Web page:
Stacey Abrams could be a big problem for GOP in Georgia

Life just got a little more complicated for the National Republican Senatorial Committee. The 2020 elections looked challenging but manageable, needing to defend Colorado’s Cory Gardner, Maine’s Susan Collins, North Carolina’s Thom Tillis, and Arizona’s appointed senator Martha McSally. The risk of losses were somewhat offset by some low-hanging fruit in Alabama Democrat Doug Jones, an open seat in New Mexico, and maybe some chances for an upset in New Hampshire or Michigan.

But now Republicans have to worry about an open seat Senate race in Georgia, as Senator Johnny Isakson said today that he will step down from office at the end of this year due to complications with Parkinson’s disease.

Yes, Georgia is a Republican-leaning state. When Stacey Abrams calls herself the legitimately elected governor of her state and refuses to concede the race, Republicans can point out that the official final vote count in 2018 put her down by 54,723 votes, not exactly a small margin. But Abrams did do better than almost any Georgia Democrat running statewide in a generation, with 48.8 percent, and came within 1.4 percentage points of winning.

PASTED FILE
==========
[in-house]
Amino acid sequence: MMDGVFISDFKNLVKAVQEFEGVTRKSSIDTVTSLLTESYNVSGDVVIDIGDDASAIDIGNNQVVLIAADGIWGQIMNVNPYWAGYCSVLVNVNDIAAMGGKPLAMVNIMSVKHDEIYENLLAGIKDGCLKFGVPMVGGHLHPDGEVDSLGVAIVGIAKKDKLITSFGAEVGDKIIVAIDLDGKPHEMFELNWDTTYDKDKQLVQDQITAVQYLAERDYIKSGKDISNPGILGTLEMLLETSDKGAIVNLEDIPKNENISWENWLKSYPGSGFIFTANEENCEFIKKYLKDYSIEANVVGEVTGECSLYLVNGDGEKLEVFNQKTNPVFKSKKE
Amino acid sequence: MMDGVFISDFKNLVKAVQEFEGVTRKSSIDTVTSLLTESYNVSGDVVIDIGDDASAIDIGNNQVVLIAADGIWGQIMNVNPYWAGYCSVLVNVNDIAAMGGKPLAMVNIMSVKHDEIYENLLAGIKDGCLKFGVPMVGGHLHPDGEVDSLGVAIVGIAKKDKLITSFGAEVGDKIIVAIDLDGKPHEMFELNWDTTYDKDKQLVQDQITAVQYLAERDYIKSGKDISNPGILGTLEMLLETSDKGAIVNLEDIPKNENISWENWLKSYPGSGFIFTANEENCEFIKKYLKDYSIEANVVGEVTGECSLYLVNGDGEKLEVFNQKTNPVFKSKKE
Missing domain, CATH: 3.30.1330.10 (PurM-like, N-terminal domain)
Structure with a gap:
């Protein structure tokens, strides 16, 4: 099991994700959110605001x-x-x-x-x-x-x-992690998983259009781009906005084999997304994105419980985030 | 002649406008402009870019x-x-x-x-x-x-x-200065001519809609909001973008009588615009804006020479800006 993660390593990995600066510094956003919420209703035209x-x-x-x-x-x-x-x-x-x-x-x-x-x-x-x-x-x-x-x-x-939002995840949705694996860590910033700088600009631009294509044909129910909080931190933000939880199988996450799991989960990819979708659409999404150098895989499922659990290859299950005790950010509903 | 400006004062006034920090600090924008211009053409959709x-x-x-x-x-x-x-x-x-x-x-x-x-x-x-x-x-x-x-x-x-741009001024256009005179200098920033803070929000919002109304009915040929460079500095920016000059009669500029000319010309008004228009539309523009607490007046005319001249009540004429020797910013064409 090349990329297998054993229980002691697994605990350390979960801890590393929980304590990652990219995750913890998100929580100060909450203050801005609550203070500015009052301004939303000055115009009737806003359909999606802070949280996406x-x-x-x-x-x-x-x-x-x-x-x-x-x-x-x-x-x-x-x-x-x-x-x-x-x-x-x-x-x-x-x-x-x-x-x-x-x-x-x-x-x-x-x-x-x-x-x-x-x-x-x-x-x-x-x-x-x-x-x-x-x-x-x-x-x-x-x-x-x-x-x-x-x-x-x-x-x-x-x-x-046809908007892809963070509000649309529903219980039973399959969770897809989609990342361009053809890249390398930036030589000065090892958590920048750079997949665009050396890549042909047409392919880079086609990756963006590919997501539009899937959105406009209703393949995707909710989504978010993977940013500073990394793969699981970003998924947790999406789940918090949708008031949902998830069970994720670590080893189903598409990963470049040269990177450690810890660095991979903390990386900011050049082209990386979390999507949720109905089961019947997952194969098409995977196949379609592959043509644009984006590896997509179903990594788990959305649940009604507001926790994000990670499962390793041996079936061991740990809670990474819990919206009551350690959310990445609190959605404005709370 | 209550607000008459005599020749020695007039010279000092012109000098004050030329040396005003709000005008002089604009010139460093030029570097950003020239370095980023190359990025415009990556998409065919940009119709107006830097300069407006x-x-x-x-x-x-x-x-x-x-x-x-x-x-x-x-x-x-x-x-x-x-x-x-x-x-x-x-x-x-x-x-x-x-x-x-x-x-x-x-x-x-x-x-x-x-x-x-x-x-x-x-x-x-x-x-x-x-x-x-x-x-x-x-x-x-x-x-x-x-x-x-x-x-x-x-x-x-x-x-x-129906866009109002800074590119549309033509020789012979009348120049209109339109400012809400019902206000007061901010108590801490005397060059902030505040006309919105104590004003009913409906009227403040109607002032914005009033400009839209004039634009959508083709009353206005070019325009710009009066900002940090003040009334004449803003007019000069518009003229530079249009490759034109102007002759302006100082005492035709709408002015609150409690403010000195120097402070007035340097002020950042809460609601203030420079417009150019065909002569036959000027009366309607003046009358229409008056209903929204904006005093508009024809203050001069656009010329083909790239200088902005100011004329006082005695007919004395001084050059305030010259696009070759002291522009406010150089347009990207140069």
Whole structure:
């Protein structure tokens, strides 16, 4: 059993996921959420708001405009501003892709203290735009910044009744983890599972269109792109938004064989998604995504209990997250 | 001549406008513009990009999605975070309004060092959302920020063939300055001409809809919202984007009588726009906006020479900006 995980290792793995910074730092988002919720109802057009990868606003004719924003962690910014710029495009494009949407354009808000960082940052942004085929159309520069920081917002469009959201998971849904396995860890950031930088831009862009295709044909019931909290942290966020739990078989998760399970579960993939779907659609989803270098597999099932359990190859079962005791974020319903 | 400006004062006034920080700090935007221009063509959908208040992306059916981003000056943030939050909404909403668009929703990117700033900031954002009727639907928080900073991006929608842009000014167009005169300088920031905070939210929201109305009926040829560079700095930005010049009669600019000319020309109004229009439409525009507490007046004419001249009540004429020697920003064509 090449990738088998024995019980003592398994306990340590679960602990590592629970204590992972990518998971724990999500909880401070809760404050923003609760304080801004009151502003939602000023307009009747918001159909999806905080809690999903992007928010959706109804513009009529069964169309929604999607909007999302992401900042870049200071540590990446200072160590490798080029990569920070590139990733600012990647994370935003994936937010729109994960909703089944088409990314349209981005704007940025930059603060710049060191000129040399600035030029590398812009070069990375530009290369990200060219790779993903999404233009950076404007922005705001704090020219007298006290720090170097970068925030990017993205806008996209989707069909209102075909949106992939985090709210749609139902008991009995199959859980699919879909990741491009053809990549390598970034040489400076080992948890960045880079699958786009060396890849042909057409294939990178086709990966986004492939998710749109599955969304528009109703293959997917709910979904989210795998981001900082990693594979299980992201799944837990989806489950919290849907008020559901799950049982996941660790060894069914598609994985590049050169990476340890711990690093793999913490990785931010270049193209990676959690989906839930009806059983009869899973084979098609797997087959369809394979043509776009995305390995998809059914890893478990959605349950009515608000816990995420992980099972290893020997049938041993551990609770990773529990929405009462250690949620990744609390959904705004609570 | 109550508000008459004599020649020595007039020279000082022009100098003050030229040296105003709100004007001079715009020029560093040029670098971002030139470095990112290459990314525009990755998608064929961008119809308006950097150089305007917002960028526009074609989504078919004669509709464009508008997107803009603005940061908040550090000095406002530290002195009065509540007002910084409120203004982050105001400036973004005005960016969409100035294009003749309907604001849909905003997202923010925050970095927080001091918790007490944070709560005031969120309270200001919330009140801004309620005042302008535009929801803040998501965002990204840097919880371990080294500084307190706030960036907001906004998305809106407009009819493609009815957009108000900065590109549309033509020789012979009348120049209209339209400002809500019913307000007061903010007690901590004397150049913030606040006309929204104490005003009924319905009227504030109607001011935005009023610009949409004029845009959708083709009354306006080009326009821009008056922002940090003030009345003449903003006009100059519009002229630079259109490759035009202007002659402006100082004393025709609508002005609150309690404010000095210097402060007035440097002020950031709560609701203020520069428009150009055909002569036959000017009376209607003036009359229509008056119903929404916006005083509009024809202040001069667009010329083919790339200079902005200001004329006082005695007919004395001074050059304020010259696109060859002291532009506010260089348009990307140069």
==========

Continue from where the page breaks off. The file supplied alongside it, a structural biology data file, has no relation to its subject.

There are other concerns. Trump won Georgia in 2016 by five percentage points — that’s smaller than his margin in Ohio, Iowa, and Missouri. The 2018 midterms were pretty good for Democrats — besides Stacey Abrams’ close finish in the governor’s race, Democrat Lucy McBath defeated Karen Handel in the Sixth Congressional District, and Democrats picked up eleven seats in the state House and two seats in the state Senate.

Republicans may have caught a break when Abrams announced today she has no interest in running for the Senate: “While she will not be a candidate herself, she is committed to helping Democratic candidates win both Senate races next year.” We will see if that position holds; soon every big-name Democrat will be encouraging her to run, and open-seat Senate races don’t come along all that often.

But perhaps Abrams sees a Senate campaign as a step down. Two weeks ago, Abrams said in an interview with the New York Times, “My decision not to run for the Senate was because I do not want to serve in the Senate,” and when asked about being the Democratic nominee’s running mate, answered, “I would be honored to be considered by any nominee.” In March, unnamed “close advisers to former Vice President Joe Biden” told Axios that the nascent campaign was debating naming Abrams as Biden’s veep choice immediately. Whether or not that particular report is true, Abrams may think that the eventual nominee is likely to give her an invitation next summer — which would make any Senate bid moot.